Worth Bailey, 71, a retired research associate with the National Park Service and a former curator at Woodlawn Plantation, a historic property in Mount Vernon, died of cancer July 6 at Mount Vernon Hospital in Alexandria.
Mr. Bailey was a specialist in early American houses and furnishings. He first worked for the Park Service at the Colonial National Historical Park, which includes parts of Jamestown, Williamsburg and Yorktown. In 1938, he became a research associate at Mount Vernon, the home of George Washington, and remained there until 1951.
In the latter year, he was appointed curator of Woodlawn, a property that is under the jurisdiction of the National Trust for Historic Preservation. He held that post until 1956.
Mr. Bailey then became a free-lance consultant on restoration. Among the buildings on which he worked were the Whitehall house in Annapolis and St. Luke's Episcopal Church in Smithfield, Va.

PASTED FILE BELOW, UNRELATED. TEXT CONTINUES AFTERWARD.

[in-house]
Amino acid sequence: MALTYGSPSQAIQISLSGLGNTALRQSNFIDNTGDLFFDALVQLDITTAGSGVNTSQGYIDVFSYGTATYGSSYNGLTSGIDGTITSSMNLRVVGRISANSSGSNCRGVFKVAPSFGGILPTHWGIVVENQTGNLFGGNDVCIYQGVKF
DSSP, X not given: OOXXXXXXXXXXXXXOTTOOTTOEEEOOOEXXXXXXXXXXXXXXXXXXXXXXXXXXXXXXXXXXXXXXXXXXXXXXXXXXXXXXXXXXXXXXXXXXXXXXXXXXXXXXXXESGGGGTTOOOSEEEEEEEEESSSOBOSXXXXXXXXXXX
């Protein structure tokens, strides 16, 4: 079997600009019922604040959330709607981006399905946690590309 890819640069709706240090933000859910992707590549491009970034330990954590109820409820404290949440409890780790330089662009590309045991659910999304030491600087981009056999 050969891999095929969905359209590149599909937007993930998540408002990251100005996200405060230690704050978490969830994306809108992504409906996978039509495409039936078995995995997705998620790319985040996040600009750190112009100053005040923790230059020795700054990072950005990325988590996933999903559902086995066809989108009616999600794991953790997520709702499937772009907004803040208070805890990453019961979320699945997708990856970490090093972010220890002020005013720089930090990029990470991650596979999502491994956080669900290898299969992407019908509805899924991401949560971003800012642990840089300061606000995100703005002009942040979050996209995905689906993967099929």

From 1957 until his retirement in 1962, he was a researcher at the Park Service. Mr. Bailey was a private consultant from then until about 1970, when he retired a second time. He had lived in Alexandria since 1938.
A native of Norfolk, Mr. Bailey attended the College of William and Mary and earned a bachelor's degree at the University of Pennsylvania, where he studied landscape architecture.
He was a member of the Alexandria City Board of Architectural Review and the Virginia Historical Society.
His wife, the former Olive Drinkwine, died in January. Mr. Bailey's survivors include a brother, Merryman P. Jr. of Greenville, N.C.